A new study published in the journal Menopause not only shows that when it comes to memory, women outperform men, but that when women do start to experience memory declines it’s due to reproductive status as opposed to age.
Researchers from Boston, Massachusetts set out to see how menopause and levels of sex steroid hormones such as estradiol impact a woman’s learning and memory. Estradiol has been shown in previous studies to impact the structure and function of memory regions of the brain. As levels rise and fall during a woman’s menstrual cycle, verbal working memory performance changes as well. Studies have also shown that a decline in estradiol levels during menopause directly influences alterations in the hippocampus, a region of the brain that controls memory function. Results from this latest study show that as estradiol declines during menopause, so does memory.
Women Have an Edge
Age-related memory problems afflict 75% of the population, and women are the most affected by dementia and Alzheimer’s disease. Women also struggle with memory and episodes of brain fog as they move into, through, and beyond menopause. Despite these factors, women with healthy brains still appear to have better memories than do men in midlife and older age. Studies reveal that this memory advantage starts in childhood and becomes more pronounced as we age. Let’s see how it translated in this latest study.
Researchers assessed memory function in 219 men and women between the ages of 45 and 55 by testing episodic memory, executive function, semantic processing, and verbal intelligence. They compared the scores of men and women, as well as women at various stages—before, during, and after menopause.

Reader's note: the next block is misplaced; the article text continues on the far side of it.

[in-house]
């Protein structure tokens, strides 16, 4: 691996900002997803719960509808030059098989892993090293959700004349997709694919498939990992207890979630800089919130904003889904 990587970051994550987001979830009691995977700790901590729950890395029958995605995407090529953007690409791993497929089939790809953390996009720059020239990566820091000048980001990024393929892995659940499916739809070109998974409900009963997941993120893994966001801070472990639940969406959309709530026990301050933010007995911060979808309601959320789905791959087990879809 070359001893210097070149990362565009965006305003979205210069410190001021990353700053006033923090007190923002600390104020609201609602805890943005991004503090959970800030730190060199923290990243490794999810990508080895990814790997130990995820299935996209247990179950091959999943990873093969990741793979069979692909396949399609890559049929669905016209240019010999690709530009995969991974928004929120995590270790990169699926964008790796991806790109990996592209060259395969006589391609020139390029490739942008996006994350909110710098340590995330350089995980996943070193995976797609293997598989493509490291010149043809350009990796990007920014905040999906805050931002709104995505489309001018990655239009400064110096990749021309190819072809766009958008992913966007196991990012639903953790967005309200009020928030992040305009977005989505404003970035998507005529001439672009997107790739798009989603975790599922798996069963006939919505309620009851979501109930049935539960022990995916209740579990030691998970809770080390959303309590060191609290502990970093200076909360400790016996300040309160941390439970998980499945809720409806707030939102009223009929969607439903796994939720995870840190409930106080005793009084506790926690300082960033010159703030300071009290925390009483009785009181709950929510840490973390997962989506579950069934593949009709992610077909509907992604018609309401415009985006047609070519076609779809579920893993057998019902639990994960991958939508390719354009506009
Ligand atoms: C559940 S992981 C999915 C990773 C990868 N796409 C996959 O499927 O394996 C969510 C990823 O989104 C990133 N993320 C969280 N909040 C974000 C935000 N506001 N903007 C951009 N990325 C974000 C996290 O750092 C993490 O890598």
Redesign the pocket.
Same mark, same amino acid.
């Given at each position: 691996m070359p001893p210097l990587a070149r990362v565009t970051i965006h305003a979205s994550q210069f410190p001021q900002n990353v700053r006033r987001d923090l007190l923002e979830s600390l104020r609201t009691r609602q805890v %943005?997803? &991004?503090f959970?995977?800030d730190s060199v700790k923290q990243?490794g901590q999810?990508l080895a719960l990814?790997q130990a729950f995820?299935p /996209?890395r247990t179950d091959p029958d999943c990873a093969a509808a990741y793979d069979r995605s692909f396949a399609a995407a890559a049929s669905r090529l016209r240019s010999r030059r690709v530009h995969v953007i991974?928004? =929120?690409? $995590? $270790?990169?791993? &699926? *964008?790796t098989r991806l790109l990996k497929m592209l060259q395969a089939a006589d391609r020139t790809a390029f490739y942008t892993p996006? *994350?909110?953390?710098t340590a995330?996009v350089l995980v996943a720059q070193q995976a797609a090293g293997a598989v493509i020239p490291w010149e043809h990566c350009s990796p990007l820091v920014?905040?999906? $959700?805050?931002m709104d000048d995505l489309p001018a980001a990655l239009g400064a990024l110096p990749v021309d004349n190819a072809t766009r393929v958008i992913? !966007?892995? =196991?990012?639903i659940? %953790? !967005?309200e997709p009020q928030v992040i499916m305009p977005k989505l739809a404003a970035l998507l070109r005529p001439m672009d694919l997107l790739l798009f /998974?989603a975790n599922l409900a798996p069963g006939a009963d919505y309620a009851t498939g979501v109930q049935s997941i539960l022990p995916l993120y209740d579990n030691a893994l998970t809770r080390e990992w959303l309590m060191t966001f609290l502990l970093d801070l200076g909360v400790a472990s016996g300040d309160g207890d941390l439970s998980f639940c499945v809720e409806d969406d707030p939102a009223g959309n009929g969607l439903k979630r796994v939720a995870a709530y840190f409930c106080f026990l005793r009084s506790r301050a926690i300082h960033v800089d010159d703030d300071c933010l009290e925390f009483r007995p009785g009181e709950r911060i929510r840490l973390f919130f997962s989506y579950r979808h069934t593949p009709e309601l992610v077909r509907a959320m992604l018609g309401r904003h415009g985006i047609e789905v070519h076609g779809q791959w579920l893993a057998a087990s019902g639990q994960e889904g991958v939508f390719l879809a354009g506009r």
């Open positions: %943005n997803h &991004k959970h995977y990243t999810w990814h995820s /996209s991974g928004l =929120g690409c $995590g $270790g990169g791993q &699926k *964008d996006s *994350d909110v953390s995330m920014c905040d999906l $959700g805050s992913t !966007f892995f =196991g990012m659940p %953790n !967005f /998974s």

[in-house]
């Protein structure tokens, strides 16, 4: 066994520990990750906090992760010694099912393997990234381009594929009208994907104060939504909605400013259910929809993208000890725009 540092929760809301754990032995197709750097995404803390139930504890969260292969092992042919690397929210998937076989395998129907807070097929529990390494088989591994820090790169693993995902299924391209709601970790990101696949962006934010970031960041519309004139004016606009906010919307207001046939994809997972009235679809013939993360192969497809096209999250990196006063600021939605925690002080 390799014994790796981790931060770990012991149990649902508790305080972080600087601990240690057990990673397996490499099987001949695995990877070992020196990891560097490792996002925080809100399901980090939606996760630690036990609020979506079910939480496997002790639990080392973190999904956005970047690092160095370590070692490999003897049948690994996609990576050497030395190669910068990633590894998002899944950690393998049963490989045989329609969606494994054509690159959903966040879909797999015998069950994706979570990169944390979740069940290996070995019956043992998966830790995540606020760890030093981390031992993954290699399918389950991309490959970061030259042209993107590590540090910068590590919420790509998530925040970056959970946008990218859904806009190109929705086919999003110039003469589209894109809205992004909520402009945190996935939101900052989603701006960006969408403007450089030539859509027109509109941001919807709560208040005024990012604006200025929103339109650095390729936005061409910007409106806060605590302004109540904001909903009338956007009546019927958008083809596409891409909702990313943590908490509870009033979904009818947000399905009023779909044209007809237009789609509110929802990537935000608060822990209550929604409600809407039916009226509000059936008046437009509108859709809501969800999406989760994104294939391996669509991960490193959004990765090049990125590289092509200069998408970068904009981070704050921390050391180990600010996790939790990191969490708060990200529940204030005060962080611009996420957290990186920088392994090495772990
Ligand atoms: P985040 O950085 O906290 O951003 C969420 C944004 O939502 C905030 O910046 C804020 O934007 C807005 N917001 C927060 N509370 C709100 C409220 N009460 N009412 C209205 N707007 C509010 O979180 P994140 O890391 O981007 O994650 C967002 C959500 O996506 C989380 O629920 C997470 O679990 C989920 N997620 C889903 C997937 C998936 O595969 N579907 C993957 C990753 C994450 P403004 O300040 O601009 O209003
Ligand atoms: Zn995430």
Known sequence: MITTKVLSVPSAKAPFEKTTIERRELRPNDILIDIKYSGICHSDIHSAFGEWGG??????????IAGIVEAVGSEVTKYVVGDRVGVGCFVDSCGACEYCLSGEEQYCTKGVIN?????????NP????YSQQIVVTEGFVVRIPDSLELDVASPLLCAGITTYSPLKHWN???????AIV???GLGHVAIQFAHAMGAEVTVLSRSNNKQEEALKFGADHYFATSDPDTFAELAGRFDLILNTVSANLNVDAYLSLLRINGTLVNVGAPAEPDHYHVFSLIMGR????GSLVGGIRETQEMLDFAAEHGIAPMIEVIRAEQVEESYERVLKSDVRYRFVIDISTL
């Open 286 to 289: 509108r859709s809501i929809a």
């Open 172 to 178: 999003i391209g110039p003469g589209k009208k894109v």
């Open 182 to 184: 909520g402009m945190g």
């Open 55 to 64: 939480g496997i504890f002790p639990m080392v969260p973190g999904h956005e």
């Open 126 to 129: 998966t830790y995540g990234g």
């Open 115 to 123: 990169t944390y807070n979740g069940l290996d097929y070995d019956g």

Women scored better than men, and women in the pre or peri-menopausal stages outperformed women who were postmenopausal. Performance was directly associated with estradiol levels no matter the age.
Protecting Your Memory Regardless of Gender
A vibrant memory starts with nutrition. Enjoy the following brain-boosting foods:
- Green, leafy vegetables
- Extra virgin olive oil
- Coconut oil
- Dark Chocolate
Exercising your brain and body is also important. Case in point: A study from the University of British Columbia showed that regular aerobic exercise increases the size of the hippocampus, the region of the brain that processes verbal memory and learning. To exercise your brain, keep reading, doing crossword puzzles, playing chess—keep the brain stimulation coming in different ways, especially with memory exercises.
Experts recommend making sure your iron levels and cholesterol levels remain controlled. The neurotransmitters that control memory function need iron to function properly, and plaque buildup from too much cholesterol can lead to blood vessel blockages in your brain. If your brain can’t get enough nutrients, then your memory may suffer.